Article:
Experts question if ‘Operation Fly Formula’ resolves baby food shortage or just ‘political theater’?

Amid the media frenzy of First Lady Jill Biden and Surgeon General Vivek Murthy meeting a military flight laden with baby formula from Europe at Dulles International Airport, experts are wondering if “Operation Fly Formula” can actually make a dent in the shortage that is panicking parents in America or if the whole thing is little more than “political theater.”

“On the one hand, it’s political theater because the president wants to be seen to be doing something — and so I appreciate that — [but] its actual impact is limited,” Peter Pitts, a former commissioner at the Food and Drug Administration (FDA) told The Hill.

President Biden launched the U.S. military airlift of hundreds of thousands of pounds of baby formula from Switzerland to Indiana last week in an attempt to mitigate the supply chain issues and contamination recalls that have left American shelves empty and some infants with special dietary needs in crisis.

As the first 70,000-pound shipment touched down, Biden sent a victory tweet.

“Folks, I’m excited to tell you that the first flight from Operation Fly Formula is loaded up with more than 70,000 pounds of infant formula and about to land in Indiana,” he stated. “Our team is working around the clock to get safe formula to everyone who needs it.”

The delivery, which included three types of formulas specifically for those babies with allergies to cow milk proteins, coupled with the second 100,000-pound shipment that arrived Wednesday, works out to the equivalent of 1.5 million eight-ounce bottles of available formula. And according to Nada Sanders, a professor of supply chain management at Northeastern University’s D’Amore-McKim School of Business, that won’t be nearly enough to meet demand.

“I did not see this as this gesture as much as I saw that the only way it could possibly have any meaning is to actually be the beginning of a number of shipments that would be coming,” she said. “However, it’s my understanding that this is just going to be the beginning.”

According to Pitts, who is currently the president of the Center for Medicine in the Public Interest, says that crucial shipment of hypoallergenic formula won’t begin to meet the needs across the board.

“I think if the president had said, you know, this is not the solution to the problem, but it’s something we can do right now for those infants most at risk, I think that would have been [better] than a grand announcement that’s going to have significant but limited impact for the majority of American parents,” he said.

During her speech on Wednesday, Jill Biden stressed that the shipments “are only one part of the strategy” and promised that her husband’s administration “won’t stop until every parent can get the formula their child needs.”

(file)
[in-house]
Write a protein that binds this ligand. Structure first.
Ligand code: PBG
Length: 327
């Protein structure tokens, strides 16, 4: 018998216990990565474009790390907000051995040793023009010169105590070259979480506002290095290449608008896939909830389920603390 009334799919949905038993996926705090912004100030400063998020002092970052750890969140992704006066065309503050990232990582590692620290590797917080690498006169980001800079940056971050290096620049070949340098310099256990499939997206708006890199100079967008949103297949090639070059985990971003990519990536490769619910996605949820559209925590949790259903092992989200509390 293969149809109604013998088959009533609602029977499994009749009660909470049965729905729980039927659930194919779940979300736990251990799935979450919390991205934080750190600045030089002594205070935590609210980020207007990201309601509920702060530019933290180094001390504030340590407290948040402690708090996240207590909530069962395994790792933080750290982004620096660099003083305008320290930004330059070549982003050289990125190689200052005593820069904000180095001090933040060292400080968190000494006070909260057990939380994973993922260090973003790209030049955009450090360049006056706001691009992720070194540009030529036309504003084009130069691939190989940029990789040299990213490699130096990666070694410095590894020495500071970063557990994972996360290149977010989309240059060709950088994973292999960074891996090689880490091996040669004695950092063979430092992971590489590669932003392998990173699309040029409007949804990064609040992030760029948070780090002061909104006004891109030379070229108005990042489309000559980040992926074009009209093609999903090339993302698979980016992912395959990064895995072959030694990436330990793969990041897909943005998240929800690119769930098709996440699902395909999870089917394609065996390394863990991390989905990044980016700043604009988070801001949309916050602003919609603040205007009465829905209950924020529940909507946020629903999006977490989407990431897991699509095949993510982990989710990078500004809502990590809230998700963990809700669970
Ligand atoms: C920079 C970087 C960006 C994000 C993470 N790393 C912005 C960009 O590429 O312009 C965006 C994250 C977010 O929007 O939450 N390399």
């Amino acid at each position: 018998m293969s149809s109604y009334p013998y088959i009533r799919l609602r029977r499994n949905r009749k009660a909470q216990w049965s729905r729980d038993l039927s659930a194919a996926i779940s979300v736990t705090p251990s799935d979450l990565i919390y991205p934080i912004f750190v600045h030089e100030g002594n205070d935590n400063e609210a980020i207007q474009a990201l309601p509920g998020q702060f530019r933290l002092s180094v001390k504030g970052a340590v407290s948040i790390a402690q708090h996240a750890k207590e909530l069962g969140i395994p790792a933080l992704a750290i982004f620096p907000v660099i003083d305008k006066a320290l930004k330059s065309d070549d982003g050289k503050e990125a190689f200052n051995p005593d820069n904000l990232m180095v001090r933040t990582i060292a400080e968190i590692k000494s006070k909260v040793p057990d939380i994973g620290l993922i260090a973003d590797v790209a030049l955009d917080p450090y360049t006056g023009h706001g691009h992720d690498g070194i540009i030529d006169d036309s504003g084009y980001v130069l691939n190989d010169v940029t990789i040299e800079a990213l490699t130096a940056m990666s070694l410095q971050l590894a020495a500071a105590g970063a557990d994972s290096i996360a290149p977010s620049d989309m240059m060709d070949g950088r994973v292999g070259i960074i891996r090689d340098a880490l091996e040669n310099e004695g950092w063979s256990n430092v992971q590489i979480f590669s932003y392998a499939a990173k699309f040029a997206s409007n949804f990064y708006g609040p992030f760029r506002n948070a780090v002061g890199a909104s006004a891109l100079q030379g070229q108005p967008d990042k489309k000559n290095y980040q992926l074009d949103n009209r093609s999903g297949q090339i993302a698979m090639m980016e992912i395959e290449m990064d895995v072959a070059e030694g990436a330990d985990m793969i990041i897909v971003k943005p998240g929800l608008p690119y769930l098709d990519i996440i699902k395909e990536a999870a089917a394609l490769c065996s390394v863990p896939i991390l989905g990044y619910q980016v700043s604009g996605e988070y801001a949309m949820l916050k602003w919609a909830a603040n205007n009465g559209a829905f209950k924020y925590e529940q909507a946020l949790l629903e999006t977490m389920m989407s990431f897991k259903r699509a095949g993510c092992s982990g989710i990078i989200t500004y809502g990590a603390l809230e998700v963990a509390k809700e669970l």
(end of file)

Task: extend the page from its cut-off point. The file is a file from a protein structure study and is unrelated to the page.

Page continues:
And FDA Commissioner Robert Califf has claimed the domestic supply of  baby formula “should be beyond normal” within the next two months.

Sanders believes that is an overly ambitious prediction and believes three months to get everything back up and running is more realistic.

“I think the best-case scenario, if… everything was functioning perfectly, it would really take two to three months to get the production process, deliveries to be functioning,” she said.

Meanwhile, as American Wire reported, Abbott Laboratories, one of the nation’s leading producers of baby formula, has apologized for its role in the supply crisis and detailed the “serious steps” it is taking to solve the problems brought on by the company’s voluntary recall of several of its powdered formula products.

“We’re sorry to every family we’ve let down since our voluntary recall exacerbated our nation’s baby formula shortage,” said Abbott CEO Robert Ford.

The recall came after four infants who had all consumed products produced at Abbott’s Sturgis, MI, plant fell ill, two fatally. While it was ultimately discovered the illnesses were not related to Abbott’s products, the CEO defended the company’s caution in implementing a recall.

“We believe our voluntary recall was the right thing to do,” said Ford. “We will not take risks when it comes to the health of children.”

Plans to get “safe, quality formula” back on the shelves include repurposing production lines at Abbott’s Columbus, OH, plants to “prioritize production of ready-to-feed liquid infant formula” and air-shipping “millions of cans” of its most popular powdered infant formula to the U.S. from an FDA-approved facility in Ireland.

Additionally, Abbott has set up an independently administered $5 million fund to help the families of those children hospitalized as a result of the shortage of EleCare, a special-needs formula, “with medical and living expenses as they weather this storm.”

To supplement the international shipments, Biden has also invoked the Defense Production Act (DPA), which grants the President emergency authority over the control of domestic industries.

“The Defense Production Act gives the government the ability to require suppliers to direct needed resources to infant formula manufacturers before any other customer who may have ordered that good,” the President said.

But according to Pitts, the invocation of the DPA was largely symbolic.

“What the Defense Production Act does is prioritize delivery to baby formula manufacturers all the ingredients that they need, and those ingredients are largely corn syrup, rice, starch, and protein derived from cow’s milk commodities,” he said. “Not one serving of baby formula has been delayed because of ingredients supply chain issues with those companies.”

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